Jeffrey Valentine

Jeffrey C. Valentine
Department of Counseling and Human Development
Room 309 - College of Education & Human Development
502-852-3830
jeff.valentine @ louisville.edu

Dr. Valentine's curriculum vitae [PDF]

My academic training is in social psychology (Ph.D., University of Missouri-Columbia, 2001). I am primarily a meta-analyst, and the majority of my work involves using, explaining, and seeking to improve meta-analytic techniques as a means of helping policymakers and practitioners solve problems that affect the quality of people's lives.

Most of my substantive work involves applying these techniques to pressing educational policy issues, including, for example, effective interventions for at-risk college students, the improvement of algebra instruction, the effects of modifying school academic calendars on students' academic achievement; the impact of teacher certification type on student outcomes; and the effectiveness of postsecondary developmental education. I serve on the Boards of the Elementary School Journal and the Journal of Research on Educational Effectiveness.

At present, I serve as the Principal Investigator of the expansion of the Institute of Education Science's What Works Clearinghouse (WWC) into postsecondary education.

I have also applied my expertise to a broad range of social issues, including medicine, social welfare, and development. I am an invited member of the Society for Research Synthesis Methodology; the co-editor, with Harris Cooper and Larry Hedges, the second edition of the Handbook of Research Synthesis and Meta-Analysis, an associate editor of Research Synthesis Methods; statistical editor for the Cochrane Collaboration's, Psychological, Developmental, and Learning Problems Group; and Co-Chair of the Campbell Collaboration's Training Group. I have been invited to deliver training sessions for such international organizations as 3ie (the International Initiative for Impact Evaluation) and the Institute for the Study of Crime and Law Enforcement at the University of Leiden in the Netherlands.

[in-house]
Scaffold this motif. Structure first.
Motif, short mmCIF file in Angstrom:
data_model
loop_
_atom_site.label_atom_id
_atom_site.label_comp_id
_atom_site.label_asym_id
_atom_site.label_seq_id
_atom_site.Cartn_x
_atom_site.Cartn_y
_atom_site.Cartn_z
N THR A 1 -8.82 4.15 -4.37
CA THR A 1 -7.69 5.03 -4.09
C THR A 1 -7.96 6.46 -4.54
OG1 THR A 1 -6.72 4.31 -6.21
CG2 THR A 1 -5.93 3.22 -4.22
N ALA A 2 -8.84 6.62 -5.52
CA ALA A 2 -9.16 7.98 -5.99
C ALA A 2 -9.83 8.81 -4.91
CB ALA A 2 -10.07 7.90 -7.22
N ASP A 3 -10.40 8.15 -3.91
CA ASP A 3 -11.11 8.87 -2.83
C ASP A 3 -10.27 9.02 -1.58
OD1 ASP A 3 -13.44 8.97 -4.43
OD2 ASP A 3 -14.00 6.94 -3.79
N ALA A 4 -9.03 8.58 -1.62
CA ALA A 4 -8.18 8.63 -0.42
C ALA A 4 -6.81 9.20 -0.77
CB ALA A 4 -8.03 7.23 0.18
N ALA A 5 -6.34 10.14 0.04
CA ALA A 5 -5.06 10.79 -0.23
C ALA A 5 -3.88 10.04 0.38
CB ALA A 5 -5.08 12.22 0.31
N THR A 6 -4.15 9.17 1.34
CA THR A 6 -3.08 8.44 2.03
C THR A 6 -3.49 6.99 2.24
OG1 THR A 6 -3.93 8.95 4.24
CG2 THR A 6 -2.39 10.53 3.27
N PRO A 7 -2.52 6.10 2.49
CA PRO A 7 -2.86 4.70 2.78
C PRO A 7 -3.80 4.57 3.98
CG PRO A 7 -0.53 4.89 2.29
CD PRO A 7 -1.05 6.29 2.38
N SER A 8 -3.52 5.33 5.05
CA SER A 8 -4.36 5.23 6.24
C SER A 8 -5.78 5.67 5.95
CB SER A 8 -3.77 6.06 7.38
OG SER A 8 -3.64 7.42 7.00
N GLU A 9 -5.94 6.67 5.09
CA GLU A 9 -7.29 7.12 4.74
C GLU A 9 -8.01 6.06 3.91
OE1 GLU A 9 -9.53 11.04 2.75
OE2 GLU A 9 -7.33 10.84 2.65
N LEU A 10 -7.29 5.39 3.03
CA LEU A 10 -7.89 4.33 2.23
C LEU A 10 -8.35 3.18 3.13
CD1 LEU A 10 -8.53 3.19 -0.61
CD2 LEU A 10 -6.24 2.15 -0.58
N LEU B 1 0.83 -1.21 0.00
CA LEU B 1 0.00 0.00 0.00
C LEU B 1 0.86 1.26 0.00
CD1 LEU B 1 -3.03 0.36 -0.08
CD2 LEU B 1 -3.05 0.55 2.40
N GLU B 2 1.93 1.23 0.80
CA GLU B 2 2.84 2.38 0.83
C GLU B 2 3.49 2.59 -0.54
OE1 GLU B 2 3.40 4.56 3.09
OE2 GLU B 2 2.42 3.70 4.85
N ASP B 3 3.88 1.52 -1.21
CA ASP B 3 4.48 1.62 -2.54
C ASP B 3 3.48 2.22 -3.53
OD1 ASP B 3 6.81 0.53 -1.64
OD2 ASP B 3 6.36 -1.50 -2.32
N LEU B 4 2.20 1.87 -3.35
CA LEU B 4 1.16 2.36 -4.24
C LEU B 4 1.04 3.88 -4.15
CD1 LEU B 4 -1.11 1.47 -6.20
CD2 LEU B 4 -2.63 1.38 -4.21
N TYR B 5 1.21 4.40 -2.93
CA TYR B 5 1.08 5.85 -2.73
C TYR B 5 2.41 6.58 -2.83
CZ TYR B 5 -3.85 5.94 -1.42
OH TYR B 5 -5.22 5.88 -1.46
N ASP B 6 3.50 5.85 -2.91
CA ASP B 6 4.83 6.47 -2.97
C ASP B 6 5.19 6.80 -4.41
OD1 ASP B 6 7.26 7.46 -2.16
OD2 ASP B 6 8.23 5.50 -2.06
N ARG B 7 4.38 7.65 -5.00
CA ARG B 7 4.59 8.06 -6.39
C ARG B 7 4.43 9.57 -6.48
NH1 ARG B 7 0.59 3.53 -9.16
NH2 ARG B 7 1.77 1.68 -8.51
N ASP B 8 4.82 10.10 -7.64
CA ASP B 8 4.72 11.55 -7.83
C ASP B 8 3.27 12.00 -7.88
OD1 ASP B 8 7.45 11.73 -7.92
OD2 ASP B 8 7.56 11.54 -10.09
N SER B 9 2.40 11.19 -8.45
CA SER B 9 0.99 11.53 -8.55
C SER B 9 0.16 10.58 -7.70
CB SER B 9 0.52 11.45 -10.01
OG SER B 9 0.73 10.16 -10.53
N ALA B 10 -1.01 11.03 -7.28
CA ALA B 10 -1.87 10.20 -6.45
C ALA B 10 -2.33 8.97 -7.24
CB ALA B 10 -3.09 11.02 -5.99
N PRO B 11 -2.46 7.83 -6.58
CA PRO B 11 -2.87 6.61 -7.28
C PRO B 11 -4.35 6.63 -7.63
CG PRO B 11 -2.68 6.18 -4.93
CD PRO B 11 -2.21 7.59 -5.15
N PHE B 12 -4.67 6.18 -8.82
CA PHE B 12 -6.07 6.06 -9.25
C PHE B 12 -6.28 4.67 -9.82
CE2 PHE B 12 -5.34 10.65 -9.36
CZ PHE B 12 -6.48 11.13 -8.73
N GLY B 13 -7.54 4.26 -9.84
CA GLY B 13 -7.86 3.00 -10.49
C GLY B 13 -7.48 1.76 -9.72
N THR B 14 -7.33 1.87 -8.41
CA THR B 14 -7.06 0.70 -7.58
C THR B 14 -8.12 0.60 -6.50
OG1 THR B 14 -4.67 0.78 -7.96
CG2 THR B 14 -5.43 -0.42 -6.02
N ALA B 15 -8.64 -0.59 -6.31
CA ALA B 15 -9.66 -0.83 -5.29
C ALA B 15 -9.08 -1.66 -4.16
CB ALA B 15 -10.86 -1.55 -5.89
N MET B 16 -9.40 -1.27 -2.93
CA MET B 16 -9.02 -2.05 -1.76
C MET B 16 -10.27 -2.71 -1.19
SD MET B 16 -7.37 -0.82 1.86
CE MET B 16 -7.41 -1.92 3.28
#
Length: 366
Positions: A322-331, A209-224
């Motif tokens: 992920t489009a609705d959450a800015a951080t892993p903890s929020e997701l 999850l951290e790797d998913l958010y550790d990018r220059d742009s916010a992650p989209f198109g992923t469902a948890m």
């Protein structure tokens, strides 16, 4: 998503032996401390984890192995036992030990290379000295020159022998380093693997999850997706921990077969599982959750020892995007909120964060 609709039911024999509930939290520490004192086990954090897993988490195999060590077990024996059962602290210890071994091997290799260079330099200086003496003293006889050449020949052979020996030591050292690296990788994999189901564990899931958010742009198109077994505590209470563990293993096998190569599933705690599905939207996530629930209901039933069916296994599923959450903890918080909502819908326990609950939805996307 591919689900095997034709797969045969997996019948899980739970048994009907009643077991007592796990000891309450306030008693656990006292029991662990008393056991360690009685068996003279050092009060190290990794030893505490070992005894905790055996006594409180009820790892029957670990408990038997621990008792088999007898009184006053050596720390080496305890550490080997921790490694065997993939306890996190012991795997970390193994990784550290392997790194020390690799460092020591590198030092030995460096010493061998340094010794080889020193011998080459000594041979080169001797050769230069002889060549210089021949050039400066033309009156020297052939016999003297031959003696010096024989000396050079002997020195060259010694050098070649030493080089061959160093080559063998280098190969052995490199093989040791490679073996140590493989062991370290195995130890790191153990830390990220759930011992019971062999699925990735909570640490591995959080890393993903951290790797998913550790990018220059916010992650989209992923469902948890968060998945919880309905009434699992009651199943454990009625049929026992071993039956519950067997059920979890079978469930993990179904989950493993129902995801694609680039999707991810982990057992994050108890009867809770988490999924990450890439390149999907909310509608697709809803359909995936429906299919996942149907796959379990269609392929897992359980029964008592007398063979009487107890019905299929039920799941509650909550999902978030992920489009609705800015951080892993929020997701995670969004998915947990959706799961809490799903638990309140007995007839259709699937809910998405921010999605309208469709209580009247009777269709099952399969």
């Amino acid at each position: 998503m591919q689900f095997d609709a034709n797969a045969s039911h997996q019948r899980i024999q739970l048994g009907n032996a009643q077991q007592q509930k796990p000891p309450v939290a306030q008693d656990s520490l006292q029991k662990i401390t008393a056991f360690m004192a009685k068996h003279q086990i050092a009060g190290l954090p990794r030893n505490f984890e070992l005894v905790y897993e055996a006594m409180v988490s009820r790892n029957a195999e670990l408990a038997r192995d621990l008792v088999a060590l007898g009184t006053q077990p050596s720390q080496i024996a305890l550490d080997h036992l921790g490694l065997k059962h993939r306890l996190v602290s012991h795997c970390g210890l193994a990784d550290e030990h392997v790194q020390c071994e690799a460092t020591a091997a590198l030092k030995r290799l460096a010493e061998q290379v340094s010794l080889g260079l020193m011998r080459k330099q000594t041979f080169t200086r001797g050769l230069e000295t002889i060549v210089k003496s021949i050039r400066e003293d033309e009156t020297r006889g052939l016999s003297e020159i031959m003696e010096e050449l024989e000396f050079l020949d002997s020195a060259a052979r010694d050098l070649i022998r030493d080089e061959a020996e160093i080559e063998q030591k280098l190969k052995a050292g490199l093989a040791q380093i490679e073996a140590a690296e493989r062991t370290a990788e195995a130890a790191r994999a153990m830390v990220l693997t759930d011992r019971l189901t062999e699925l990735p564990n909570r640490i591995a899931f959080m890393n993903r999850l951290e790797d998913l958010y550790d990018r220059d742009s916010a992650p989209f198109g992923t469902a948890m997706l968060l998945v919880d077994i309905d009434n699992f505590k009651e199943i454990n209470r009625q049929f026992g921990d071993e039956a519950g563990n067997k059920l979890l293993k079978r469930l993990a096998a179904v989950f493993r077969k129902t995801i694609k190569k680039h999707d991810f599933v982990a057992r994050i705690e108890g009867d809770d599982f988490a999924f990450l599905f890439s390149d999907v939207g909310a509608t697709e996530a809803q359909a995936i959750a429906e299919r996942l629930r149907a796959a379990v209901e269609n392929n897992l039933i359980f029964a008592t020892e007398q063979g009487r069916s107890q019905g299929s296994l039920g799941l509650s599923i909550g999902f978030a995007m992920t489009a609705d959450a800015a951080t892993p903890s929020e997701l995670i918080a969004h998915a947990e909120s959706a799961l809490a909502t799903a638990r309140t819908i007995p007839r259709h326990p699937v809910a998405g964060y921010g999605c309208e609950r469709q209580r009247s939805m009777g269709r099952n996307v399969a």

My training as a social psychologist has strongly influenced how I think about the world and the research enterprise. I have a keen appreciation for the ways in which we as researchers may be mislead by our own biases, predilections, and incentives into producing results that are over-aligned with our interests. My work has explored how incentives appear to bias study reports; how meta-analysis can help protect researchers and the consumers of research from less formal synthesis techniques that are more prone to bias; and how to structure research so that more judgements are made or considered prior to data collection.

Educational Background

  • PhD Social Psychology, University of Missouri, 2001
  • MA Psychology, Northern Arizona University, 1994
  • BA Psychology, University of New Mexico, 1992

Teaching Areas

  • Applied Analysis of Variance
  • Cross-disciplinary Research in Education
  • Introduction to Social Psychology
  • Research in Schools and Classrooms
  • Research Methods in Psychology
  • Undergraduate Honors Seminar in Psychology

Professional Memberships

  • American Educational Research Association
  • Association for Psychological Science
  • Society for Personality and Social Psychology (APA Division 8)
  • American Psychological Association
  • Educational Psychology (APA Division 15)
  • Society for Prevention Research
  • Society for Research Synthesis Methods